In testing various virtual appliances on the AWS Marketplace, we realized that having an EC2 instance with a GUI helps in experimenting with the features of the appliances. We can use the GUI to manage the appliance on an inside interface as many appliances are GUI-centric. Another use is testing web traffic filtering with an appliance serving as a web proxy. While there are alternatives that we could use (SSH tunneling comes to mind), we find that the GUI is more convenient.
We tested a number of open source options before settling on using Ubuntu, LXDE, and x2go. The GUI is very responsive on a t3.medium instance. You can increase the size of the instance if you want more horsepower.
The GUI has more uses than testing virtual appliances. With the appropriate hardening, you could use it as a bastion host. Another use is as an alternative to Workspaces.
We’re put together a CloudFormation template to get you started. You must supply the name of an existing SSH key and public subnet.
Let’s step through how to launch the EC2 instance using the provided template.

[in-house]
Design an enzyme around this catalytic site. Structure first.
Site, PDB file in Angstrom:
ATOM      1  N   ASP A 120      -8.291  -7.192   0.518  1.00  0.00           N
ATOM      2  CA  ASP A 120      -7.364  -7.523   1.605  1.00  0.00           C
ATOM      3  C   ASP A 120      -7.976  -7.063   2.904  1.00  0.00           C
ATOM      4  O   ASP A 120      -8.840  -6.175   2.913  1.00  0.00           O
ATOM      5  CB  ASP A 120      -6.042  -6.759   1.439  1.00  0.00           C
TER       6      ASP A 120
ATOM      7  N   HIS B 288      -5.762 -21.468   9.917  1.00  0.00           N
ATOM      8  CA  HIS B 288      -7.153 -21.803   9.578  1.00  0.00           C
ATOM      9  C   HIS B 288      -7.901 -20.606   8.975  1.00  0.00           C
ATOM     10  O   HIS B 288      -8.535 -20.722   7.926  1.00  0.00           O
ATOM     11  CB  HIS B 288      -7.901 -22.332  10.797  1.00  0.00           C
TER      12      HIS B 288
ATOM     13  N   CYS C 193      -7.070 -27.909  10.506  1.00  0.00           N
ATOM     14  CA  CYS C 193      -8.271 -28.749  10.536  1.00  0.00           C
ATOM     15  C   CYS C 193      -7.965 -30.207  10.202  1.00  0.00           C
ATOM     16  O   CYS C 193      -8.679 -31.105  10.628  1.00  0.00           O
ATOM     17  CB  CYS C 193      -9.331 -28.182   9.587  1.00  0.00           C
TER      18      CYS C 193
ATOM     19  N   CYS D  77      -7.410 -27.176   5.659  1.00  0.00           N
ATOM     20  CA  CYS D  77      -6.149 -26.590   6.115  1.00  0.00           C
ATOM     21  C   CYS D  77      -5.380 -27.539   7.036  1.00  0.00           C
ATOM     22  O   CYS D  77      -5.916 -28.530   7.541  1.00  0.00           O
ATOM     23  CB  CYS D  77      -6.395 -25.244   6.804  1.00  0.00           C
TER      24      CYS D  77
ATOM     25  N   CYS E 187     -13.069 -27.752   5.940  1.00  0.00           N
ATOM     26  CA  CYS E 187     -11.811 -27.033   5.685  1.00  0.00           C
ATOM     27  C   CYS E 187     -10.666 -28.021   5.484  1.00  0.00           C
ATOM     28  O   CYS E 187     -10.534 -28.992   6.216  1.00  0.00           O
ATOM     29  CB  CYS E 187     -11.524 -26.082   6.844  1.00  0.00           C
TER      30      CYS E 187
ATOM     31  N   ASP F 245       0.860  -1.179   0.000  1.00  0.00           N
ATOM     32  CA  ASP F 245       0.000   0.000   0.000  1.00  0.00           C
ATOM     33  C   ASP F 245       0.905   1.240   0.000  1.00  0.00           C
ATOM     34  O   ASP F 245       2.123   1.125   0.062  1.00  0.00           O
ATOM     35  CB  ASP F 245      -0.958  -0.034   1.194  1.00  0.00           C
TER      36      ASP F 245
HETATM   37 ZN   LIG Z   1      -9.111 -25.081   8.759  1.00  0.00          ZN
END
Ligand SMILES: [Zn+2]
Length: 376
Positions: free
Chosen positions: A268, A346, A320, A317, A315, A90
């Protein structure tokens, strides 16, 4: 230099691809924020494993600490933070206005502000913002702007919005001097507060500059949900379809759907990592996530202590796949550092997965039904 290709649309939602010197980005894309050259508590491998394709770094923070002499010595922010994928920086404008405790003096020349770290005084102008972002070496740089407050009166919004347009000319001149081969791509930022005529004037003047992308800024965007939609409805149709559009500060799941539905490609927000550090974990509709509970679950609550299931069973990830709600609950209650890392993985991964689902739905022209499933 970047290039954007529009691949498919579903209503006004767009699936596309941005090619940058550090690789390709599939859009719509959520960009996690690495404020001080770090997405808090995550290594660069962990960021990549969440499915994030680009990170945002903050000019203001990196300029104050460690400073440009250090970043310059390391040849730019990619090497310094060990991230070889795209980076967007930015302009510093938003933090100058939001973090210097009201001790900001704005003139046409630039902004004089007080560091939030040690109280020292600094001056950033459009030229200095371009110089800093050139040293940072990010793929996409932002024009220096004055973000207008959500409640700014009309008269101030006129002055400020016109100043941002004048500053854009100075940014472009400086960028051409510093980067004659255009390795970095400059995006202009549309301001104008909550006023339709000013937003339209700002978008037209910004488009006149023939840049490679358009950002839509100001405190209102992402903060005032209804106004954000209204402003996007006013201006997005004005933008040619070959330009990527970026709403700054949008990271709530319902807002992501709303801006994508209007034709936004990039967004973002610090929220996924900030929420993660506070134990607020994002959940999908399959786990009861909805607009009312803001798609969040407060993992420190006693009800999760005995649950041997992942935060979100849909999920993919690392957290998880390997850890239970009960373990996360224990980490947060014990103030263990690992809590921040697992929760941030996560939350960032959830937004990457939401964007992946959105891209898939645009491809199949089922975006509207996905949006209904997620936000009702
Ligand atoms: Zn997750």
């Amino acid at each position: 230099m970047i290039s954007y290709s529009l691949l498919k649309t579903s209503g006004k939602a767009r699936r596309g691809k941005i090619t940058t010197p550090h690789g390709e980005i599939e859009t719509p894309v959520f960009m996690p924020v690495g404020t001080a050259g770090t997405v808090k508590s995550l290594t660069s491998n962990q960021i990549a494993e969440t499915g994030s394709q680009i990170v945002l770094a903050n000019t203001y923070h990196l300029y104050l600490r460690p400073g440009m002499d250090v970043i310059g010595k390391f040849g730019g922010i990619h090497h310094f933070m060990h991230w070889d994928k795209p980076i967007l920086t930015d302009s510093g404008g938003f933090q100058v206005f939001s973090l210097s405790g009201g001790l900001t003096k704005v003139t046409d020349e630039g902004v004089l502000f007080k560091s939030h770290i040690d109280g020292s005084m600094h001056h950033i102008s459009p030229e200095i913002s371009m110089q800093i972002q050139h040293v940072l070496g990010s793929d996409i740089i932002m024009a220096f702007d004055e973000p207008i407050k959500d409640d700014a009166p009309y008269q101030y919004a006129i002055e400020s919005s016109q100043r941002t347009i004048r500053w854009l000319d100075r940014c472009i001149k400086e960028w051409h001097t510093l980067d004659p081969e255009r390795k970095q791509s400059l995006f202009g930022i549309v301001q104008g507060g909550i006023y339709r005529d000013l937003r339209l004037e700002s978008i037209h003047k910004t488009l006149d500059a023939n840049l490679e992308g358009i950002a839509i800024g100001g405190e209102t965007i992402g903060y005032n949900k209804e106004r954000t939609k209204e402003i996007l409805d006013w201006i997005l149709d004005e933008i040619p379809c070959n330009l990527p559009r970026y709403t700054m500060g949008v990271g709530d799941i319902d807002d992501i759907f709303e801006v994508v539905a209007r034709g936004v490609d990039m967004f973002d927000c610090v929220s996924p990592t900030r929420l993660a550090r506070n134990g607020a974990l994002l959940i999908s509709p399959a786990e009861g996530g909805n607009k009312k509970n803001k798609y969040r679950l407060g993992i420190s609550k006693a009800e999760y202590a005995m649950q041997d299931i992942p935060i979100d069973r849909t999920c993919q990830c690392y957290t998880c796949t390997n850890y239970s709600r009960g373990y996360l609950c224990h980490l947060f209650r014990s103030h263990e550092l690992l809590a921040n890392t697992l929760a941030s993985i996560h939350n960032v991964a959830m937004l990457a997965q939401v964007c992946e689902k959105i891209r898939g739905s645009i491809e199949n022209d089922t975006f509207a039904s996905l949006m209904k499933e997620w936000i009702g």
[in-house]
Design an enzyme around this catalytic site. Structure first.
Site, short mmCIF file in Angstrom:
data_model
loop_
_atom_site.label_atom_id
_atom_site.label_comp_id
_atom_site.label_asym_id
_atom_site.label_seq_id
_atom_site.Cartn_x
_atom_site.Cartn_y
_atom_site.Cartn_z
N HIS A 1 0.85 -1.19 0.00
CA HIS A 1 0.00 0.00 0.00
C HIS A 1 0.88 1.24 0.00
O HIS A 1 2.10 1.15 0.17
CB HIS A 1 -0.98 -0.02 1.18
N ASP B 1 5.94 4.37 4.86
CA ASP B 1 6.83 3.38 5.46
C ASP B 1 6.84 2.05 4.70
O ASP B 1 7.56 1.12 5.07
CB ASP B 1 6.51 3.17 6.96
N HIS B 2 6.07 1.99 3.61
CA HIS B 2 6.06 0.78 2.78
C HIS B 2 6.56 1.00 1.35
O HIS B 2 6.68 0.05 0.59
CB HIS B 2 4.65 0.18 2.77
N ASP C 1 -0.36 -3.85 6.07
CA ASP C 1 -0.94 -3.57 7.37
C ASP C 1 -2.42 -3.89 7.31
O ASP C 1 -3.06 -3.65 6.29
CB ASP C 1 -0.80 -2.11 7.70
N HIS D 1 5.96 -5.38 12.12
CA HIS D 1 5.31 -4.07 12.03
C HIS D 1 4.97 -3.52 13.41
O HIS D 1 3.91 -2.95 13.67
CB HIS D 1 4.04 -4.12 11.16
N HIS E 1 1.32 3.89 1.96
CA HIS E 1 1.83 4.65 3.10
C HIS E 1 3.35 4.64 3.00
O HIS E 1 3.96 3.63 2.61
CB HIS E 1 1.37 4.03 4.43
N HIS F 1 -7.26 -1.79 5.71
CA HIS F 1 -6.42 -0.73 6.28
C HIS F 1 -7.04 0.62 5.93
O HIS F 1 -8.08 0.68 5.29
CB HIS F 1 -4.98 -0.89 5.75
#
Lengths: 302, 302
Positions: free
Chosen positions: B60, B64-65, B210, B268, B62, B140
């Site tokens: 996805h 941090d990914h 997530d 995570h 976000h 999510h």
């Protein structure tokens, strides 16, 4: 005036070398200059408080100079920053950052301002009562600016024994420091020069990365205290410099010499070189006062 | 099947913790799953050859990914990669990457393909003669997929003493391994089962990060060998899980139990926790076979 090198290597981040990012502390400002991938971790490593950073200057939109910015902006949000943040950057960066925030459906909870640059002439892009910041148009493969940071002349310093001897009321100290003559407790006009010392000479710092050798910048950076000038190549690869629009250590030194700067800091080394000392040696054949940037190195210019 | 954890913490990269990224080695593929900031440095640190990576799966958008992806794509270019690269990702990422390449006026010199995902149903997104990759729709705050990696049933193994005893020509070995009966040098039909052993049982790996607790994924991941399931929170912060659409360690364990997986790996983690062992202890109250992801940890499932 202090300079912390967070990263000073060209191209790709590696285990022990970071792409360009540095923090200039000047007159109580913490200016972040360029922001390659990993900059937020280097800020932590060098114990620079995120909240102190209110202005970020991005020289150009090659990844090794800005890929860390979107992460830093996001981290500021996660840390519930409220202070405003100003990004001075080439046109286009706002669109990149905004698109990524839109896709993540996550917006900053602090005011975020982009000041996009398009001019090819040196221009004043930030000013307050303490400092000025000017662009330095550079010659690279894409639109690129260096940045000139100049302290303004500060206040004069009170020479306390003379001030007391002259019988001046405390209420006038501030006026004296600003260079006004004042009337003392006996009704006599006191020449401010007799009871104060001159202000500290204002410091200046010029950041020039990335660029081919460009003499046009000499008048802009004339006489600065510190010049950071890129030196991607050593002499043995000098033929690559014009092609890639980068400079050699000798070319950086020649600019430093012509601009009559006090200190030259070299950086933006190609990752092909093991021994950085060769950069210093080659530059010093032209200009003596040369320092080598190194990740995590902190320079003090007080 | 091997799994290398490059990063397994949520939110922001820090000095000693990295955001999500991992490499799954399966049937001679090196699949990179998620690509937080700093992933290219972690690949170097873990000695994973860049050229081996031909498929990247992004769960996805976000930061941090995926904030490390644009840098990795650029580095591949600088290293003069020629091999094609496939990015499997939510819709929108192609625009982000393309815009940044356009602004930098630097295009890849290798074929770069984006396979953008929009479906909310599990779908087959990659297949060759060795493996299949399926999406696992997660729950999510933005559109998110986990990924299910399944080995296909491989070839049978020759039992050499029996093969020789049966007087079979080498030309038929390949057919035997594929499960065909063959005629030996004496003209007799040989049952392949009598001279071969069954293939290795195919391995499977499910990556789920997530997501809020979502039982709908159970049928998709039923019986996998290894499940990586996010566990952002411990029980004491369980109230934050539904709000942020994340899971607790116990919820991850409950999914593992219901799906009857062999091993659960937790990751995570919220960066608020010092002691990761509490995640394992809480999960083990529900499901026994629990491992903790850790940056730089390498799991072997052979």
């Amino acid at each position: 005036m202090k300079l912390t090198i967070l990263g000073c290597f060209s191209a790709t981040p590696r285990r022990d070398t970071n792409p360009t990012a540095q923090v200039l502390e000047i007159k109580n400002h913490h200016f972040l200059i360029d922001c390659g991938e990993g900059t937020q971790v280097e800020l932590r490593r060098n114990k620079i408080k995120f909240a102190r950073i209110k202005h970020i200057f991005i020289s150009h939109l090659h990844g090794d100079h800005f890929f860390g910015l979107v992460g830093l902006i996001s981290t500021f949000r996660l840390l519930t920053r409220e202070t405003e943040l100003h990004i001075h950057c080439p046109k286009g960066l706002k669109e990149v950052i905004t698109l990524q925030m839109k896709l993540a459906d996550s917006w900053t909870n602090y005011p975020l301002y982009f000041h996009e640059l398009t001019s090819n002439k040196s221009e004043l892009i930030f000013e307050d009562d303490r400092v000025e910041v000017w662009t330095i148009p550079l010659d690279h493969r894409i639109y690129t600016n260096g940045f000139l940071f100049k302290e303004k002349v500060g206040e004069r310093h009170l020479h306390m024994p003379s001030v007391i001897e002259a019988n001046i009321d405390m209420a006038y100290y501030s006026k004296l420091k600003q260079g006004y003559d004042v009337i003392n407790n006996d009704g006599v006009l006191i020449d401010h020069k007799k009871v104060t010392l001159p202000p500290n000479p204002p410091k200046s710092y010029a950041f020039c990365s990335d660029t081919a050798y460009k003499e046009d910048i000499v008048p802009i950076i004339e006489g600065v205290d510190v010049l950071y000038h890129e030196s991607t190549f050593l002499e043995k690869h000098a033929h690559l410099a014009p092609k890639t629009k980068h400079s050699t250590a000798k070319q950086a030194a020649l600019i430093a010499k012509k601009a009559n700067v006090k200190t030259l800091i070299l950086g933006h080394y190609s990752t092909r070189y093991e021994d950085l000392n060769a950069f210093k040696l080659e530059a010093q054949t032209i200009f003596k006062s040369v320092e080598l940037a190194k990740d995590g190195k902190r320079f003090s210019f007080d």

1. Select an existing VPC in us-east-1 or us-west-1. These regions are the only two with AMI mappings defined in the template. I used an Ubuntu 16.04 AMI. You can add additional AMI mappings for other regions as needed.
2. Select an existing public subnet in the VPC.
3. Download the CloudFormation template here.
4. Launch the CloudFormation template in the console or using the CLI.
If using the CLI, here is the syntax.
aws cloudformation create-stack –stack-name linux-gui –parameters ParameterKey=KeyName,ParameterValue=mykey ParameterKey=Subnet,ParameterValue=subnet-xxxxxxxx ParameterKey=VPC,ParameterValue=vpc-xxxxxxxx –template-body file://linux_gui.yml –region us-west-1
Replace subnet-xxxxxxxx with the ID of existing subnet and vpc-xxxxxxxx with the ID of an existing VPC.
5. Download the x2go client software from
https://wiki.x2go.org/doku.php/download:start and install it.
6. Use “ubuntu” as the username and the public DNS name from the template Outputs to connect the x2go client to the EC2 instance.
The image below depicts the LXDE desktop in an x2go client window.
Your GUI in the VPC is ready to go. Keep in mind your instance can reach any IP address in the Classless Inter-domain Routing (CIDR) range assigned to the VPC. This concept is important to understand in the case that you want to test a virtual appliance that implements a web proxy listening on an Elastic Network Interface (ENI) in a private subnet.
I hope readers found this post useful.